Everyone, including us, had to take a crash course in HIPAA’s privacy provisions after the Supreme Court’s 2022 decision in Dobbs v. Jackson Women’s Health Organization, which reversed Roe v. Wade.
What we learned last year: HIPAA requires group health plans, business associates, hospitals, and healthcare providers to protect employees’ personal health information, unless courts or law-enforcement agencies subpoena HIPAA-protected medical records. Crucially, HIPAA doesn’t override state criminal laws and doesn’t protect non-health-care information retrieved from cell phones, like maps, texts, or call logs.
So what would these proposed regulations change? Let’s dive in and take a look.
More health data would be protected
Proposed regulations issued April 17 by the Department of Health and Human Services would extend the scope of HIPAA’s privacy protections specifically to women who travel to other states to receive reproductive healthcare services where those services are legal and would apply to almost all judicial or administrative proceedings related to this care.
Under the regs, HIPAA-covered entities would be prohibited from disclosing PHI for these purposes:
- A criminal, civil, or administrative investigation into or proceeding against any person in connection with seeking, obtaining, providing, or facilitating reproductive health care, where these health-care services are lawful in the state provided.
- Identifying any person for the purpose of initiating investigations or proceedings.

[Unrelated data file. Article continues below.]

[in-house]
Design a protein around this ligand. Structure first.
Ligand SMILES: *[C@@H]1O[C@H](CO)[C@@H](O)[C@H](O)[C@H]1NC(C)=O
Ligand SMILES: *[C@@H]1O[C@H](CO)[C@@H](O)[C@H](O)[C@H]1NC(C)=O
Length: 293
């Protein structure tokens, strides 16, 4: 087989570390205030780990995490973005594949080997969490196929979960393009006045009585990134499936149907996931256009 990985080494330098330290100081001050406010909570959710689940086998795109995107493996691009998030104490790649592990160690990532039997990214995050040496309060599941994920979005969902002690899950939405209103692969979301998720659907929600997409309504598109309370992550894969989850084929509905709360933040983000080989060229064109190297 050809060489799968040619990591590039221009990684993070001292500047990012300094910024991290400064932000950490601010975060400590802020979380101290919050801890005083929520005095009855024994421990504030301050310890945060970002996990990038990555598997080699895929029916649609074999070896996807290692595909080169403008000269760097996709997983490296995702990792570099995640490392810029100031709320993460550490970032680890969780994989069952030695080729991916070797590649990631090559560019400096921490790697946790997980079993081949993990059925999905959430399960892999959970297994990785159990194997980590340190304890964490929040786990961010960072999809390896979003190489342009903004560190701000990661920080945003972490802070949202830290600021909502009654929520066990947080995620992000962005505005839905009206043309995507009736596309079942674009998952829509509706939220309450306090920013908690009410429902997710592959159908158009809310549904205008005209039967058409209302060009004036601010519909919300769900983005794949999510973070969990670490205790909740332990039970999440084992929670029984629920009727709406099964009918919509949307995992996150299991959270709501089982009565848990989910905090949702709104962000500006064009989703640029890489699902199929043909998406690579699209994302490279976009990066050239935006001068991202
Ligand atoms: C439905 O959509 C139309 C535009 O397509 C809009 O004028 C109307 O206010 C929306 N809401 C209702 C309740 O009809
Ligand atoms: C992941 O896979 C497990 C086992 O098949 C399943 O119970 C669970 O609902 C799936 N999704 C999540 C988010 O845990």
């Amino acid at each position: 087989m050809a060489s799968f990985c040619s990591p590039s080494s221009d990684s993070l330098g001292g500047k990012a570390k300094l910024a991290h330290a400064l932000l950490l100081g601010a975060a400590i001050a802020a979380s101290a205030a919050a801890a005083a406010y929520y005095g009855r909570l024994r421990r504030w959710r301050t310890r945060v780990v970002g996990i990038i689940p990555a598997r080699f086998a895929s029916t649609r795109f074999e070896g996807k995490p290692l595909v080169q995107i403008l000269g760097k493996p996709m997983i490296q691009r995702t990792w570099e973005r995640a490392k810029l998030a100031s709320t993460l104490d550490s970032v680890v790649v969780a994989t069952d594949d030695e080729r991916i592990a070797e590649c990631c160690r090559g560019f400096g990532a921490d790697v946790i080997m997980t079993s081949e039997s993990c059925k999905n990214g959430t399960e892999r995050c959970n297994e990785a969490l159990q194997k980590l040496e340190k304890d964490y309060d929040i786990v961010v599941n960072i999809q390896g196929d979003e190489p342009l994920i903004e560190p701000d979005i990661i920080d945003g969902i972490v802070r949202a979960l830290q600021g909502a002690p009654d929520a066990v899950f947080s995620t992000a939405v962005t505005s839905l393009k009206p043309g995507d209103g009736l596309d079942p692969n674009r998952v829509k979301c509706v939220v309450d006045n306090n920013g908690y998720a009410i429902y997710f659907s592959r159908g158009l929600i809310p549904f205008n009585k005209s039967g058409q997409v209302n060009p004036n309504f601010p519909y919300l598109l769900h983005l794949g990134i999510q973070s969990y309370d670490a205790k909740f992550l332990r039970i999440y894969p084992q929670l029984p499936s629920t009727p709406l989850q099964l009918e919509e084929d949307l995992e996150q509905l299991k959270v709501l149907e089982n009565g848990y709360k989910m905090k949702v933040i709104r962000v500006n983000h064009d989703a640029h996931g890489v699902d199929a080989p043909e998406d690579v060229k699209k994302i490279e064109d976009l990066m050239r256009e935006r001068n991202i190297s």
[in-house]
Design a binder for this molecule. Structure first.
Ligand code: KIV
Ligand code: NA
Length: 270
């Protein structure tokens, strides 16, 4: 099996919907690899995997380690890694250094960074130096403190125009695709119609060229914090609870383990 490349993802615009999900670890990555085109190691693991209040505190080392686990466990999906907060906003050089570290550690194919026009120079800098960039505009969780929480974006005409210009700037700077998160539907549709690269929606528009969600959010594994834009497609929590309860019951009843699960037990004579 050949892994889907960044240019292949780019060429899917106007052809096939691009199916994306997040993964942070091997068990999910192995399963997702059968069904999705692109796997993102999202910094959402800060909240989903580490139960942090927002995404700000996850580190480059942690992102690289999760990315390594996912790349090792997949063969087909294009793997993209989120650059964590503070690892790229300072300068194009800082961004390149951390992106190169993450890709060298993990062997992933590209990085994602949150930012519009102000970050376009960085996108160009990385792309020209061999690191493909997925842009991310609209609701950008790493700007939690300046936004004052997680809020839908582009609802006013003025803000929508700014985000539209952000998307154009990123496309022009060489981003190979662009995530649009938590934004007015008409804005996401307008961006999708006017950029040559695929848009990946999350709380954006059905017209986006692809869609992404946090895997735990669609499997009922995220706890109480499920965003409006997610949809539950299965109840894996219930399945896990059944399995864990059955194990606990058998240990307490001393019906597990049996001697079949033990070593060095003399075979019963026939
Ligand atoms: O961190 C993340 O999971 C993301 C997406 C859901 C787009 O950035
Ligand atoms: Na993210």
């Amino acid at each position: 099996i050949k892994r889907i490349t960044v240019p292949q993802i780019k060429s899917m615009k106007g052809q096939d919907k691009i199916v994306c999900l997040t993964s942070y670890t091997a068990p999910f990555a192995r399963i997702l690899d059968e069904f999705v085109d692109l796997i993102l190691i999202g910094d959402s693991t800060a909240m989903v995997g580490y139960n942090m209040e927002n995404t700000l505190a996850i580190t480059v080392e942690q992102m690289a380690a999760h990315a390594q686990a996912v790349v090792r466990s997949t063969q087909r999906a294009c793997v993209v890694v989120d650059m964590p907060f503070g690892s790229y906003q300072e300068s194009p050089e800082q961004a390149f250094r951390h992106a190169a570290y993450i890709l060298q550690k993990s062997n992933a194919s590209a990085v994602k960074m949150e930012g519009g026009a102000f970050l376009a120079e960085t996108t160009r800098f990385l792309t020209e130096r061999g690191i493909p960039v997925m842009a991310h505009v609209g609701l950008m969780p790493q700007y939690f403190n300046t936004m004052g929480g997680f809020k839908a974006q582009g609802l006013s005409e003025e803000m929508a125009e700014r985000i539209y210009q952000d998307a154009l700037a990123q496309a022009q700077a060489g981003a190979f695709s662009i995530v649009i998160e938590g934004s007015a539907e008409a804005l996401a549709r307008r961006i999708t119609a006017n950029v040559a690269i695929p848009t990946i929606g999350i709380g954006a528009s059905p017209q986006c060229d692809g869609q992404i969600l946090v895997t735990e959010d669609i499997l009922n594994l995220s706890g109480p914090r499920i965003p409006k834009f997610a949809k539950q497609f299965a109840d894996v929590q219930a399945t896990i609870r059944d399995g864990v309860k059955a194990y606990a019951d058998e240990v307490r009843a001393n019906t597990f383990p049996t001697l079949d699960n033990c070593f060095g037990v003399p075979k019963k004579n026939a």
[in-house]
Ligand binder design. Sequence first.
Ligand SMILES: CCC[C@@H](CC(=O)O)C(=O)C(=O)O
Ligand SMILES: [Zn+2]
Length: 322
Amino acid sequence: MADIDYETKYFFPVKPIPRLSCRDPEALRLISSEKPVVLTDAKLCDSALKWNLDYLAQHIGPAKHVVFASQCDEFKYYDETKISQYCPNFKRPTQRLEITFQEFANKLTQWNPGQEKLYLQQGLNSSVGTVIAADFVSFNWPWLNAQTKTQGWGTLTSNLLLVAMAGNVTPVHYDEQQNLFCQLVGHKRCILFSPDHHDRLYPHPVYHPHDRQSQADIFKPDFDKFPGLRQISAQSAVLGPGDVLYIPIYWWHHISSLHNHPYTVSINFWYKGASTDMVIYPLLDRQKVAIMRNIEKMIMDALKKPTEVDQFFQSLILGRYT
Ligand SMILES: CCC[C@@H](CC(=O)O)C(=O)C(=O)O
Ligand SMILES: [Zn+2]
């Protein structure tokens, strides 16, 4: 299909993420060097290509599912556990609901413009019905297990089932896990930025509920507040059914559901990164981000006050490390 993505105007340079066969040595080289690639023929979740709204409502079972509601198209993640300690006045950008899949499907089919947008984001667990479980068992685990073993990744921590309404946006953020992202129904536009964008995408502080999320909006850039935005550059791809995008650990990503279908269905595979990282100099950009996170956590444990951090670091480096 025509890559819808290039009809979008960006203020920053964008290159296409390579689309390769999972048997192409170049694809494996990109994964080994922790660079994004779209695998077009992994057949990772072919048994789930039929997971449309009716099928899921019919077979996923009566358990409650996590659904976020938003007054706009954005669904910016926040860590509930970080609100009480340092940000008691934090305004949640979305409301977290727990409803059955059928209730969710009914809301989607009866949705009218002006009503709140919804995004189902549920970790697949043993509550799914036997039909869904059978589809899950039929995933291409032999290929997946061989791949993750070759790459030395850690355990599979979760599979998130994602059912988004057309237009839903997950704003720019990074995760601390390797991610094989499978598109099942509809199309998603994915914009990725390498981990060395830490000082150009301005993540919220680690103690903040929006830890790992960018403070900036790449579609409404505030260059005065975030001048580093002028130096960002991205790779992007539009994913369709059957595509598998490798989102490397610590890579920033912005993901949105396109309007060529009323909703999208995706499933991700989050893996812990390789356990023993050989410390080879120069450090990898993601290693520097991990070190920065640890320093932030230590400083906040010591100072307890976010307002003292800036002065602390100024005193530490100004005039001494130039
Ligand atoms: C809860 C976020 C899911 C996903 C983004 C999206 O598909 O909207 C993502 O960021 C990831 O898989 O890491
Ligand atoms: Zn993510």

In addition, the regs would apply HIPAA’s privacy protections when reproductive healthcare services are protected, required, or expressly authorized by federal law, regardless of the state where the healthcare services are provided. The regs provide the example of a woman who is experiencing a miscarriage and seeks emergency care.
To enforce these new privacy protections, parties requesting PHI would be required to provide HIPAA-covered entities with a signed attestation that the use or disclosure would not be for a prohibited purpose. Attestations would be required when the request for PHI is for any of the following reasons:
- Health oversight activities.
- Judicial and administrative proceedings.
- Law-enforcement purposes.
- Disclosures to coroners and medical examiners.
HIPAA-covered entities could still disclose PHI, provided the request to disclose isn’t made primarily for the purpose of investigating or imposing liability on any person for seeking, obtaining, providing, or facilitating reproductive health care.
HIPAA throws its protective cloak over any entity coming in contact with employees’ PHI. It does this by categorizing entities as business associates and trading partners, for example. The rules regarding what can and can’t be disclosed and to whom are complicated.
To help you untangle this web, the Centers for Medicare and Medicaid created this four-page overview; point your browser here for the PDF.